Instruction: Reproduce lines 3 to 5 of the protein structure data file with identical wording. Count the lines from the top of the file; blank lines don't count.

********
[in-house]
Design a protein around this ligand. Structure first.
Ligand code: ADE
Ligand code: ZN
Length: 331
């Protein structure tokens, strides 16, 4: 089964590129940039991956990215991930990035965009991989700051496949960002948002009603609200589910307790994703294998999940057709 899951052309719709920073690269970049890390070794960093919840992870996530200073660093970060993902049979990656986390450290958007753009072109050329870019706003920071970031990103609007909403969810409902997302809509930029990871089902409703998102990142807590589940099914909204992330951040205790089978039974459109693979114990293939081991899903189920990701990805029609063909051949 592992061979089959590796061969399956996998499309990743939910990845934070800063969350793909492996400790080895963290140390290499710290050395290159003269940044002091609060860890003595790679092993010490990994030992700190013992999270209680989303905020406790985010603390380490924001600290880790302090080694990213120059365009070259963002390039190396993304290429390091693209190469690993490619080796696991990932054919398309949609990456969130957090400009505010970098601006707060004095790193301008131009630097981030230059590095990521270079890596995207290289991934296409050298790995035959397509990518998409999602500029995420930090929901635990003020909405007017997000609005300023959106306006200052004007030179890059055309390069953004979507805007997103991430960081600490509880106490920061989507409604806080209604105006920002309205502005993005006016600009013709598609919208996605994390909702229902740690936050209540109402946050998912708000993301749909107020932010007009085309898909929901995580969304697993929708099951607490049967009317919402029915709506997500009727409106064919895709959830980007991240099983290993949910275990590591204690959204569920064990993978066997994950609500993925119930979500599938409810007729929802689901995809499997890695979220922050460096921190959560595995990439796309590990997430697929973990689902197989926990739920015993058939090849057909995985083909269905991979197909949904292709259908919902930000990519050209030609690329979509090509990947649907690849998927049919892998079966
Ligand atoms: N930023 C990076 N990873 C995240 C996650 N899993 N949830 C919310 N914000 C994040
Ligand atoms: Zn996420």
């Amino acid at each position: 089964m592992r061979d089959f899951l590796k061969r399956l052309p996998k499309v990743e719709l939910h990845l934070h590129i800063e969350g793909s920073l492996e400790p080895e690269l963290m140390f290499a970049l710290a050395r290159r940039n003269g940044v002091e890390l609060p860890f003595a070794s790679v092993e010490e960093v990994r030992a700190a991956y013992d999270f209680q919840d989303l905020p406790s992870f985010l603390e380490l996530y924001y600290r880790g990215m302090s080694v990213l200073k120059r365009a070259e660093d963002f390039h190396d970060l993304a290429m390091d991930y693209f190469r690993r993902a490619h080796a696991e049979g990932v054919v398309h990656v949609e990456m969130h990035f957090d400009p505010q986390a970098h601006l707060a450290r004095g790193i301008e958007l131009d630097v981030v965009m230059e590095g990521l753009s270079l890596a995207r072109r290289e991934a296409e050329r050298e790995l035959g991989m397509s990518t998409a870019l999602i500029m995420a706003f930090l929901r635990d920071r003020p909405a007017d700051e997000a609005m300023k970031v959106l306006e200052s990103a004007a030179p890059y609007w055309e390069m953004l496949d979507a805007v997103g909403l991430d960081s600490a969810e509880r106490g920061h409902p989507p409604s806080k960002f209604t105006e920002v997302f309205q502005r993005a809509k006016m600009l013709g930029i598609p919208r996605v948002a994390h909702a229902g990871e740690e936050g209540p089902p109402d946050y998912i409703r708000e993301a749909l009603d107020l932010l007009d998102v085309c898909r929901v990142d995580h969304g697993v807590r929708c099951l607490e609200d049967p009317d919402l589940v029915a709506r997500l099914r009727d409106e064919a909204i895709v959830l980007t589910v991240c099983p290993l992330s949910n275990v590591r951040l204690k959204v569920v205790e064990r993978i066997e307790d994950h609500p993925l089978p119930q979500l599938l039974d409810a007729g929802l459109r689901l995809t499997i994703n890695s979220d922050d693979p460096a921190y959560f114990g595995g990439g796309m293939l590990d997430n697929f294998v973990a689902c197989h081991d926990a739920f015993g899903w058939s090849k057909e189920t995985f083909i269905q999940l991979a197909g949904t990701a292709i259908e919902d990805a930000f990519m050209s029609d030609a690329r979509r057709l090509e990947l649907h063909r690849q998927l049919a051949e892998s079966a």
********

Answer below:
Ligand code: ADE
Ligand code: ZN
Length: 331